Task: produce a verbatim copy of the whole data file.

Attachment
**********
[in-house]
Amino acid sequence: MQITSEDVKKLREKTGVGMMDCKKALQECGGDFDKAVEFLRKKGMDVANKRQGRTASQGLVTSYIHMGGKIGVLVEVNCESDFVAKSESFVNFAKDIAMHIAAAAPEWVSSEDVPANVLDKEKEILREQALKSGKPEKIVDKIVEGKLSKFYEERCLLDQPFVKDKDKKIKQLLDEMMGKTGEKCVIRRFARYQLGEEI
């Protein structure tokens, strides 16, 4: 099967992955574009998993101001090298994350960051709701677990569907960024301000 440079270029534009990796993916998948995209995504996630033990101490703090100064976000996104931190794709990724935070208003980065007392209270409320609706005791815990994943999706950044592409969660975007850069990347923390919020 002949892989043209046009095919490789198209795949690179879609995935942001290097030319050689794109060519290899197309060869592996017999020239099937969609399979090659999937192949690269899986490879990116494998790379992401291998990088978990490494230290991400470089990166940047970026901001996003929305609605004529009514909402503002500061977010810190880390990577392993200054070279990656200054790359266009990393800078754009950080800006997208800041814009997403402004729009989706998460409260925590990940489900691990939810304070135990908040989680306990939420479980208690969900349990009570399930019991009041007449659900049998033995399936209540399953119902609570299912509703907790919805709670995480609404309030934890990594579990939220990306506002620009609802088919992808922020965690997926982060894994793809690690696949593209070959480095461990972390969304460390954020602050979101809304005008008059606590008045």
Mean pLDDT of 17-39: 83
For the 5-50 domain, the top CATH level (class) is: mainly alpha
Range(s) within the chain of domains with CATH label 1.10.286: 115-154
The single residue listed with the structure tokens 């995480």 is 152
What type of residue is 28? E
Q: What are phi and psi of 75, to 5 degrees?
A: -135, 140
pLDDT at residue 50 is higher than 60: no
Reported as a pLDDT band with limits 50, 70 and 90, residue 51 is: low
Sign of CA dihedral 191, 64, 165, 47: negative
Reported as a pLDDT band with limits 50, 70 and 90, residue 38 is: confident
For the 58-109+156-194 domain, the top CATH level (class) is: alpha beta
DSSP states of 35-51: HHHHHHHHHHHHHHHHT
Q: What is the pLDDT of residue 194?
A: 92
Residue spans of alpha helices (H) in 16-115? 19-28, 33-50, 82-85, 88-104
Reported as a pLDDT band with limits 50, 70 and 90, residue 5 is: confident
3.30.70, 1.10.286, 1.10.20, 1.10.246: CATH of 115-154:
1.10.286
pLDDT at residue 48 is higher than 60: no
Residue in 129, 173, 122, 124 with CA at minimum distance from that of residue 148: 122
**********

[in-house]
Amino acid sequence: MQITSEDVKKLREKTGVGMMDCKKALQECGGDFDKAVEFLRKKGMDVANKRQGRTASQGLVTSYIHMGGKIGVLVEVNCESDFVAKSESFVNFAKDIAMHIAAAAPEWVSSEDVPANVLDKEKEILREQALKSGKPEKIVDKIVEGKLSKFYEERCLLDQPFVKDKDKKIKQLLDEMMGKTGEKCVIRRFARYQLGEEI
């Protein structure tokens, strides 16, 4: 099967992955574009998993101001090298994350960051709701677990569907960024301000 440079270029534009990796993916998948995209995504996630033990101490703090100064976000996104931190794709990724935070208003980065007392209270409320609706005791815990994943999706950044592409969660975007850069990347923390919020 002949892989043209046009095919490789198209795949690179879609995935942001290097030319050689794109060519290899197309060869592996017999020239099937969609399979090659999937192949690269899986490879990116494998790379992401291998990088978990490494230290991400470089990166940047970026901001996003929305609605004529009514909402503002500061977010810190880390990577392993200054070279990656200054790359266009990393800078754009950080800006997208800041814009997403402004729009989706998460409260925590990940489900691990939810304070135990908040989680306990939420479980208690969900349990009570399930019991009041007449659900049998033995399936209540399953119902609570299912509703907790919805709670995480609404309030934890990594579990939220990306506002620009609802088919992808922020965690997926982060894994793809690690696949593209070959480095461990972390969304460390954020602050979101809304005008008059606590008045």
Mean pLDDT of 17-39: 83
For the 5-50 domain, the top CATH level (class) is: mainly alpha
Range(s) within the chain of domains with CATH label 1.10.286: 115-154
The single residue listed with the structure tokens 């995480």 is 152
What type of residue is 28? E
Q: What are phi and psi of 75, to 5 degrees?
A: -135, 140
pLDDT at residue 50 is higher than 60: no
Reported as a pLDDT band with limits 50, 70 and 90, residue 51 is: low
Sign of CA dihedral 191, 64, 165, 47: negative
Reported as a pLDDT band with limits 50, 70 and 90, residue 38 is: confident
For the 58-109+156-194 domain, the top CATH level (class) is: alpha beta
DSSP states of 35-51: HHHHHHHHHHHHHHHHT
Q: What is the pLDDT of residue 194?
A: 92
Residue spans of alpha helices (H) in 16-115? 19-28, 33-50, 82-85, 88-104
Reported as a pLDDT band with limits 50, 70 and 90, residue 5 is: confident
3.30.70, 1.10.286, 1.10.20, 1.10.246: CATH of 115-154:
1.10.286
pLDDT at residue 48 is higher than 60: no
Residue in 129, 173, 122, 124 with CA at minimum distance from that of residue 148: 122